Pulling a wheelie on the 2023 KTM 790 Adventure

KTM are raising their dual purpose 790 Adventure from the dead in 2023, promising new styling and updated tech goodies – plus subtle engine revisions to help it meet the latest emissions standards.

First revealed in 2018, the 790 disappeared from the Austrian range at the end of 2020 to make way for the more powerful 890 Adventure. This bike will also remain in the line-up for 2023 with similar new styling and technological tweaks.

The 790 will return in April 2023 to bridge the gap between the 890 and the 44bhp single-cylinder 390 Adventure – offering A2 licence holders a larger, restrictable option. More significantly, it will also be built in China by KTM’s partners CFMoto, with KTM staff on the factory floors to ensure quality is maintained.

“Part of our globalization strategy is to expand our motorcycle production to different parts in the world as the facility in Mattighofen (KTM’s HQ) is at maximum capacity,” a KTM spokesperson said. “So, with strategic partners like CFMoto we can increase our production volumes. Because the designing and development is still done in Austria we are still in full control of quality.”

Although being put together by the Hangzhou firm, the changes to the 790 were first penned in Austria. Many of the most significant of these can be found in the engine and there’s now also 20% more rotating mass – said to aid cornering stability without compromising agility.

Green fingers

Helping to meet Euro5 are updated throttle bodies, which produce a greener, more efficient throttle connection. This is further aided by a new, raised exhaust system with a fresh catalytic converter and pre-muffler.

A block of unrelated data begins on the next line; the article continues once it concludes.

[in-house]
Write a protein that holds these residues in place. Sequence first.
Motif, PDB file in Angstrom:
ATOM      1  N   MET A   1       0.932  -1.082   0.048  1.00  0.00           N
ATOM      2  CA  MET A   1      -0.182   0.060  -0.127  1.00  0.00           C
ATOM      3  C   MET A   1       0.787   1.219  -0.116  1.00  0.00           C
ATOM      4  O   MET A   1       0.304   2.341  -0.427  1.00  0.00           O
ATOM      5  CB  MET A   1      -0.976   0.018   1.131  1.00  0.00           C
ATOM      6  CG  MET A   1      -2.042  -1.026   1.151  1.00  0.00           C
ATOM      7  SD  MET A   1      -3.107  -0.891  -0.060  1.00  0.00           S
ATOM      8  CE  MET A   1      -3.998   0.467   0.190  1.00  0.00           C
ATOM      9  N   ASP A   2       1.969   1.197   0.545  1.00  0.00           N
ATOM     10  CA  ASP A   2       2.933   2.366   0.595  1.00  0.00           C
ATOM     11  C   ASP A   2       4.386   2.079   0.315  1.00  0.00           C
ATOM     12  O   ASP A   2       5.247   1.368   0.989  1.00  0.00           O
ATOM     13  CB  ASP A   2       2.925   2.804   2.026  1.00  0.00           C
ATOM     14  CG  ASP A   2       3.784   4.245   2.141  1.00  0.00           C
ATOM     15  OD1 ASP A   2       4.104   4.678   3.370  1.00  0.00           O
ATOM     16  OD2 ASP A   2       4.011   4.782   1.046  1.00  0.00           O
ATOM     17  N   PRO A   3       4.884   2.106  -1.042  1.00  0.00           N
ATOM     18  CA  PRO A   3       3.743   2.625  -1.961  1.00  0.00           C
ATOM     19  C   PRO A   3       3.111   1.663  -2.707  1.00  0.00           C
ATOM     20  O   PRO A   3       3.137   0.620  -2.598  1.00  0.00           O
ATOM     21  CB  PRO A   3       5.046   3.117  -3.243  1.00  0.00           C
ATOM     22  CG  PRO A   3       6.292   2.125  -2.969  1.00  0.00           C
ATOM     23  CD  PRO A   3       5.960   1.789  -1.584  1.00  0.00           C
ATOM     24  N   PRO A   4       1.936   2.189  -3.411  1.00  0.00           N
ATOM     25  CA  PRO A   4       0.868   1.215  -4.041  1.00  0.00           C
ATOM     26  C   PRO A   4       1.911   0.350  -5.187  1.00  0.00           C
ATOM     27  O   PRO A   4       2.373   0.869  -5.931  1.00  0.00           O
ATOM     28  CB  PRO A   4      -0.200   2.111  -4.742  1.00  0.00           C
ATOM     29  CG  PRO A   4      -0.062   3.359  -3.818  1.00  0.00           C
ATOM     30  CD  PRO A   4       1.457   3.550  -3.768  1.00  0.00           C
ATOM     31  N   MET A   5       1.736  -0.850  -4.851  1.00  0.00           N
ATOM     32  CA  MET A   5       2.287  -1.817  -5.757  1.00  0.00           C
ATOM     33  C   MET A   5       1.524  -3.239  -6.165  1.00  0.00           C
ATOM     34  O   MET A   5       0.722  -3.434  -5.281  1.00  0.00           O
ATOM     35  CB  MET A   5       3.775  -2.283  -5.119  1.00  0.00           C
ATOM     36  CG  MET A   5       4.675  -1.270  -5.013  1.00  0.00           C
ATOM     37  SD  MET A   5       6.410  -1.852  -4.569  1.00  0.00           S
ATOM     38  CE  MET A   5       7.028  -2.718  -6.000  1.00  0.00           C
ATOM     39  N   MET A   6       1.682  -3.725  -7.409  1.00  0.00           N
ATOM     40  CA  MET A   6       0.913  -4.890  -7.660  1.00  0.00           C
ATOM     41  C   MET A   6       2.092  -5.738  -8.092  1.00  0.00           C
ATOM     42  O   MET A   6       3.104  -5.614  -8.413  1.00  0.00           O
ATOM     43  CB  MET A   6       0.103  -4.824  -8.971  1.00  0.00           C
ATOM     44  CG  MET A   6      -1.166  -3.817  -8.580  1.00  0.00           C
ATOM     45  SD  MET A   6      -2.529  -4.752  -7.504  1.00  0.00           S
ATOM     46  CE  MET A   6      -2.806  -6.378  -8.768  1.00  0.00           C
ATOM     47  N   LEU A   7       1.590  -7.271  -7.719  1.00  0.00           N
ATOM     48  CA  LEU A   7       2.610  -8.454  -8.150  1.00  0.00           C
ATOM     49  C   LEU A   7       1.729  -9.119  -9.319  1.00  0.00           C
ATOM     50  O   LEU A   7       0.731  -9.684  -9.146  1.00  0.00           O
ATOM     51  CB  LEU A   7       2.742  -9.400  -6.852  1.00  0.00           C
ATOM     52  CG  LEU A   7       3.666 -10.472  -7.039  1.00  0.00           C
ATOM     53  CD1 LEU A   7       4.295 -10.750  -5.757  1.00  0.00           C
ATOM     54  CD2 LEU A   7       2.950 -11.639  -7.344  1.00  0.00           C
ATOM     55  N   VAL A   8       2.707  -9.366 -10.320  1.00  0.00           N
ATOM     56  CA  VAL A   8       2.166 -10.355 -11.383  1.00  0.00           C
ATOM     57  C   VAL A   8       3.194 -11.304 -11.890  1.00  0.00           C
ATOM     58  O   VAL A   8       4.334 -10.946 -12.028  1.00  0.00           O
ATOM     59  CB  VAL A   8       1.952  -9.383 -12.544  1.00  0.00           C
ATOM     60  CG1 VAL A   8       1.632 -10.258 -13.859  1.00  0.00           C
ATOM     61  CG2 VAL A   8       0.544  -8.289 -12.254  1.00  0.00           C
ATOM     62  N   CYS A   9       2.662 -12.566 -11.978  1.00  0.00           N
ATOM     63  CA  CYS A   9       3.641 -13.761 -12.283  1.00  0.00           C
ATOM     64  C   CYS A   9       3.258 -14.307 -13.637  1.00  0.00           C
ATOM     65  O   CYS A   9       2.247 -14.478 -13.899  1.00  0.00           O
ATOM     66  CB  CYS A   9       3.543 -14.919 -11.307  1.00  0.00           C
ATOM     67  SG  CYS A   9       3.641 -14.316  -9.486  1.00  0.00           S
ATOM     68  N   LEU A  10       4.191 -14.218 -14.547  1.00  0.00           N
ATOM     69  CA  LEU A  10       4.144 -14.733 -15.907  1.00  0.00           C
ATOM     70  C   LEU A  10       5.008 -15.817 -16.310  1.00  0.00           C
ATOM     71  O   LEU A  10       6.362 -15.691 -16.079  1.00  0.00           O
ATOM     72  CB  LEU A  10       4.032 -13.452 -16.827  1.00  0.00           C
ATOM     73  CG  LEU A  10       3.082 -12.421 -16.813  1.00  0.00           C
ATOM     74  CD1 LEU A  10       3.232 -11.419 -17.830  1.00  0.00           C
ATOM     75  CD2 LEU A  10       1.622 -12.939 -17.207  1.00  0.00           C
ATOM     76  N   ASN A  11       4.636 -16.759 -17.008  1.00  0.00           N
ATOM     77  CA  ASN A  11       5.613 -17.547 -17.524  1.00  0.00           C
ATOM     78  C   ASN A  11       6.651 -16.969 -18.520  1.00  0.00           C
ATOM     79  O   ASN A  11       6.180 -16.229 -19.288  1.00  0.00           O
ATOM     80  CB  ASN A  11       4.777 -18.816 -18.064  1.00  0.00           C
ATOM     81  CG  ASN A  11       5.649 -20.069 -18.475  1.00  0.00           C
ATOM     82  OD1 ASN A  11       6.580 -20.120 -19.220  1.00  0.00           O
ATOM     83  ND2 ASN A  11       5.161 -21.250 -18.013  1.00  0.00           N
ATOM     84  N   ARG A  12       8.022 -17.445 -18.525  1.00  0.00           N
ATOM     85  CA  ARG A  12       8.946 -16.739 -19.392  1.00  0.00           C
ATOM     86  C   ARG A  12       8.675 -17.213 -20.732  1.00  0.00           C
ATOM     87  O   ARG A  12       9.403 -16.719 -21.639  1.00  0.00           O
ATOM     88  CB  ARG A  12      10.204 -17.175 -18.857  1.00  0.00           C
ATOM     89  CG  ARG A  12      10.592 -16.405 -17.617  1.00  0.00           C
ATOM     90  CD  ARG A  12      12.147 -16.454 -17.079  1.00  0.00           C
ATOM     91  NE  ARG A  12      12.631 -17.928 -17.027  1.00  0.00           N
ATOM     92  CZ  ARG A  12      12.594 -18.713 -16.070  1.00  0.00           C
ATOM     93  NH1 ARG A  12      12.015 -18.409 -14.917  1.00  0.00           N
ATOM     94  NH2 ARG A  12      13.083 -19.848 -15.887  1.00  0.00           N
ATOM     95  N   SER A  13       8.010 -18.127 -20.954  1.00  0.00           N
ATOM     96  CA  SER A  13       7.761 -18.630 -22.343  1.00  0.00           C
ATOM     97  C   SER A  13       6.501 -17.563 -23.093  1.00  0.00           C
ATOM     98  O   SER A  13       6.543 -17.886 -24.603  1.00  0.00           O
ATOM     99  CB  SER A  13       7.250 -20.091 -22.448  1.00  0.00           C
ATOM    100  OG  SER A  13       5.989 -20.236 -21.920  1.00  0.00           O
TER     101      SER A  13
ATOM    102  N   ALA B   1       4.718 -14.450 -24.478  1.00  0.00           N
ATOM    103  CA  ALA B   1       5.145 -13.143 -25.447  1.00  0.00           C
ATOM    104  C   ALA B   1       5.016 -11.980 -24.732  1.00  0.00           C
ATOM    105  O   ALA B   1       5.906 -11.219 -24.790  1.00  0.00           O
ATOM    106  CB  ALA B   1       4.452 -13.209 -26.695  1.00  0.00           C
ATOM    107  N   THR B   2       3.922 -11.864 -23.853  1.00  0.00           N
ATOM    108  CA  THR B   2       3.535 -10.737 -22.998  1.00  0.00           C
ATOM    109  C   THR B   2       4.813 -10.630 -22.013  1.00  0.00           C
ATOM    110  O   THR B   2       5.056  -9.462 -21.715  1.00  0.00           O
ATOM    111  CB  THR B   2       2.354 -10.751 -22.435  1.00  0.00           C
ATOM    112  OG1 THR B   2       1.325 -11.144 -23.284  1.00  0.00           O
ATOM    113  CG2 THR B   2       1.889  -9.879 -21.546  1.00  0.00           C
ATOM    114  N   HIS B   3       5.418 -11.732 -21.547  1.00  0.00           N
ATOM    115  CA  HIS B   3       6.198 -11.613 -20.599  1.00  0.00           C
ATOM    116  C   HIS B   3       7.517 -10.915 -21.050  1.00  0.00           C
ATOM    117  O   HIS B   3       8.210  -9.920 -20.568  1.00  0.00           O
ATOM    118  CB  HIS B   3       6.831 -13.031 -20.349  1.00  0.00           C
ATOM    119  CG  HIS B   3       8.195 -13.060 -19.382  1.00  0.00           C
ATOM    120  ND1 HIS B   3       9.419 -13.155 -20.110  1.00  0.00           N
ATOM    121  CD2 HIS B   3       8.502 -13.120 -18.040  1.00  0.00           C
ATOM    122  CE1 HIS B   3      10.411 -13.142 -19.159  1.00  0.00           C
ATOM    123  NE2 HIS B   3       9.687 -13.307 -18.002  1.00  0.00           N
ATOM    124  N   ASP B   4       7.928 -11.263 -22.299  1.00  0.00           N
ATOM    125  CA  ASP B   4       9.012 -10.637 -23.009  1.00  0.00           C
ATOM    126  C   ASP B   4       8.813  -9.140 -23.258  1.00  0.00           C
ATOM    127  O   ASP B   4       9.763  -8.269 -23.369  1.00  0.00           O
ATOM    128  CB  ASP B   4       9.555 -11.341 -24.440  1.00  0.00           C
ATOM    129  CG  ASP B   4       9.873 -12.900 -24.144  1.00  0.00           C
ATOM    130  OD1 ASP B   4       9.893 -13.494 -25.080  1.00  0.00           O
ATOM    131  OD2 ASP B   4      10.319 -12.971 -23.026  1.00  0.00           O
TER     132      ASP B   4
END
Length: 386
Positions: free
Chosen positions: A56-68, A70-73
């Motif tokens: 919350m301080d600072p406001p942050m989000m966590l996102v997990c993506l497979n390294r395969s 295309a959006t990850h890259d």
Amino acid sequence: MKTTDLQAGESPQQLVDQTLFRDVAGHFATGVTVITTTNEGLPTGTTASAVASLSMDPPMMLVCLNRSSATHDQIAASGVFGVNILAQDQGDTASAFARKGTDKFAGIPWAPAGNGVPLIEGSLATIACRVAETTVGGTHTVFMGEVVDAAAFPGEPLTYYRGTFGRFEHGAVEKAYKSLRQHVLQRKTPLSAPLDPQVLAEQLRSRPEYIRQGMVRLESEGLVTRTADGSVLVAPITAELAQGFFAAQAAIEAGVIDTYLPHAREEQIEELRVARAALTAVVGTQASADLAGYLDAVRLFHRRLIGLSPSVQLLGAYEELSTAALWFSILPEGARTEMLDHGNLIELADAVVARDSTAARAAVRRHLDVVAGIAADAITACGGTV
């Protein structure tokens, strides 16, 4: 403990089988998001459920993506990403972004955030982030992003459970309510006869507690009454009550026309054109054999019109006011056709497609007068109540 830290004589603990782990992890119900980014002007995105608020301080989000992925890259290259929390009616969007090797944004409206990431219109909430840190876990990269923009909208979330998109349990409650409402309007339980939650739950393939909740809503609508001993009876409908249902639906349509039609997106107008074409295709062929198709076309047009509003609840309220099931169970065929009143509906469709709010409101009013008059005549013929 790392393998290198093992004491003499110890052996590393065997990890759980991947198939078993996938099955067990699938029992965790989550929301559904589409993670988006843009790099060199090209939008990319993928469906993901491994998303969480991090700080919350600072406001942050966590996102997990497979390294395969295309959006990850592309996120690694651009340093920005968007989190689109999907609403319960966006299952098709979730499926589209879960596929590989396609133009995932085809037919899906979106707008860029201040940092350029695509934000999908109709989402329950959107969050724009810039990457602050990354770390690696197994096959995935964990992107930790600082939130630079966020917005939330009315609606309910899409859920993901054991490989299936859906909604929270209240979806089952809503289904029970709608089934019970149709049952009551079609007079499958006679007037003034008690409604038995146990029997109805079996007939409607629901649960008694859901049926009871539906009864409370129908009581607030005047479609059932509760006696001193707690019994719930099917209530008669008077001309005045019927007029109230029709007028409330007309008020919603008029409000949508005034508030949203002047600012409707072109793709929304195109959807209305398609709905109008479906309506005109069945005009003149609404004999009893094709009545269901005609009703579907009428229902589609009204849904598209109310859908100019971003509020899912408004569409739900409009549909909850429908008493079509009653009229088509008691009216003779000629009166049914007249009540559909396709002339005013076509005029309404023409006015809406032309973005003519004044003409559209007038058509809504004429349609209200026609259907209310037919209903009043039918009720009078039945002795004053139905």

But that’s not all, the ignition system has also had a tweak, which should allow the bike to deliver better performance on low octane fuel and service intervals remain at an impressive 9320 miles (15,000km). Expect a new slipper clutch, with fresh friction plates, and a freer breathing air box to boot.

New clothes

Housed in the chassis as a stressed member, the uprated motor is partially shrouded by fresh bodywork – including a new front mask, with broader shoulders to partially cover the front forks and likely provide greater wind protection for the rider.

These forks are the latest 43mm WP Apex units, which can be adjusted for preload and offer 200mm of travel for navigating undulating ruts and bumps. The rear shock produces the same degree of travel.

This front section has also been strengthened to carry more GPS systems when needed and helps shroud the revised five-inch TFT dash, with the upper styling of the 20-litre fuel tank also modified to give a more complete front-end look.

Helping keep the bike upright is a raft of new electronic aids, thanks to a new IMU (Inertia Measurement Unit) also found on the larger 890 Adventure and full fat 1290 Super Adventure range.

This allows for the latest in lean-sensitive traction control and ABS, with the latter also automatically changing to reflect your chosen riding mode. Much like many other KTMs, there’s also a new ‘Demo’ mode that unlocks all of the electronic optional extras for the first 1500 kilometres before you have to put your hand in your pocket for the ones you like best.

Battle of the twins

The returning 790’s performance attributes put it squarely in the fight for mid-size adventure supremacy. Speaking to journalists on the recent launch of the larger 890 Adventure, off-road Global Marketing Manager, Giacomo Zappoli said: “Right now, we are at the very top of this middle-sized travel segment with the 890, with a lot of competitors.

“But, at the bottom side of it, there are also other competitors. This is where this 790 will actually be trying to tackle. Thanks to the price and the friendliness of the bike itself. We are going to have probably a lot of youngsters trying to hop on this kind of bike.”

Rivals will include the 90.5bhp Honda XL750 Transalp and 83.1bhp Suzuki V-Strom 800DE, which were both revealed at November’s Eicma trade show in Milan – both also using parallel twins for propulsion.